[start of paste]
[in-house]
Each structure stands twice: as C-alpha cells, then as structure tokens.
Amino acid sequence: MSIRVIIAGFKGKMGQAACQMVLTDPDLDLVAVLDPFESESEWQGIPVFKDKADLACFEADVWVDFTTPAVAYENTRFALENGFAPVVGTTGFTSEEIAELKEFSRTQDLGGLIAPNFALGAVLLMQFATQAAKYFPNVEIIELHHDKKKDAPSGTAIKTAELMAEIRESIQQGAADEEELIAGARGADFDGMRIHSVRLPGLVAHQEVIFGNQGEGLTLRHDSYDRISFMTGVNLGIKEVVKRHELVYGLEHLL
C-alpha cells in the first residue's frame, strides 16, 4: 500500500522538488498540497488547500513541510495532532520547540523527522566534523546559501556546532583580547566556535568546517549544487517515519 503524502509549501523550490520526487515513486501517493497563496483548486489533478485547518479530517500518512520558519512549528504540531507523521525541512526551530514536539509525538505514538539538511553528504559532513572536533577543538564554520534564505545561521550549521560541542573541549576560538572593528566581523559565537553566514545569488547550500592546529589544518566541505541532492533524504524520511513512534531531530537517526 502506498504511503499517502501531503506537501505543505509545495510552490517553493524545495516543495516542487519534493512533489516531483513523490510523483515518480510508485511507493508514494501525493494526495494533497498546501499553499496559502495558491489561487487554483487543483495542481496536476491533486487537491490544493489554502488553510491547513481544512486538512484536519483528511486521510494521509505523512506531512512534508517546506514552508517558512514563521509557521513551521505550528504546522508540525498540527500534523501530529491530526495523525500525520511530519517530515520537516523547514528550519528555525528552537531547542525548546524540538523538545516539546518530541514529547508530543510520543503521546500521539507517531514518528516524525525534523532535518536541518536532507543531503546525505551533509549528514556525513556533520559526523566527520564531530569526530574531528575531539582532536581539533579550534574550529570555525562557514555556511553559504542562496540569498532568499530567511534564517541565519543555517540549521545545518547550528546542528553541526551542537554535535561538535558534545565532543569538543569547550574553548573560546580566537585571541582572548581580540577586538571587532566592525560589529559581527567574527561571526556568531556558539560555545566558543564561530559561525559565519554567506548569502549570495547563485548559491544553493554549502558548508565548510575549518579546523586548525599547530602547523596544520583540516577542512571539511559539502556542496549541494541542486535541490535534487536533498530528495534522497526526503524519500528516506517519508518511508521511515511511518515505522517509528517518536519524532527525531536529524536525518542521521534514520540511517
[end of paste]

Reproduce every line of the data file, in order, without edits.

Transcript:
[in-house]
Each structure stands twice: as C-alpha cells, then as structure tokens.
Amino acid sequence: MSIRVIIAGFKGKMGQAACQMVLTDPDLDLVAVLDPFESESEWQGIPVFKDKADLACFEADVWVDFTTPAVAYENTRFALENGFAPVVGTTGFTSEEIAELKEFSRTQDLGGLIAPNFALGAVLLMQFATQAAKYFPNVEIIELHHDKKKDAPSGTAIKTAELMAEIRESIQQGAADEEELIAGARGADFDGMRIHSVRLPGLVAHQEVIFGNQGEGLTLRHDSYDRISFMTGVNLGIKEVVKRHELVYGLEHLL
C-alpha cells in the first residue's frame, strides 16, 4: 500500500522538488498540497488547500513541510495532532520547540523527522566534523546559501556546532583580547566556535568546517549544487517515519 503524502509549501523550490520526487515513486501517493497563496483548486489533478485547518479530517500518512520558519512549528504540531507523521525541512526551530514536539509525538505514538539538511553528504559532513572536533577543538564554520534564505545561521550549521560541542573541549576560538572593528566581523559565537553566514545569488547550500592546529589544518566541505541532492533524504524520511513512534531531530537517526 502506498504511503499517502501531503506537501505543505509545495510552490517553493524545495516543495516542487519534493512533489516531483513523490510523483515518480510508485511507493508514494501525493494526495494533497498546501499553499496559502495558491489561487487554483487543483495542481496536476491533486487537491490544493489554502488553510491547513481544512486538512484536519483528511486521510494521509505523512506531512512534508517546506514552508517558512514563521509557521513551521505550528504546522508540525498540527500534523501530529491530526495523525500525520511530519517530515520537516523547514528550519528555525528552537531547542525548546524540538523538545516539546518530541514529547508530543510520543503521546500521539507517531514518528516524525525534523532535518536541518536532507543531503546525505551533509549528514556525513556533520559526523566527520564531530569526530574531528575531539582532536581539533579550534574550529570555525562557514555556511553559504542562496540569498532568499530567511534564517541565519543555517540549521545545518547550528546542528553541526551542537554535535561538535558534545565532543569538543569547550574553548573560546580566537585571541582572548581580540577586538571587532566592525560589529559581527567574527561571526556568531556558539560555545566558543564561530559561525559565519554567506548569502549570495547563485548559491544553493554549502558548508565548510575549518579546523586548525599547530602547523596544520583540516577542512571539511559539502556542496549541494541542486535541490535534487536533498530528495534522497526526503524519500528516506517519508518511508521511515511511518515505522517509528517518536519524532527525531536529524536525518542521521534514520540511517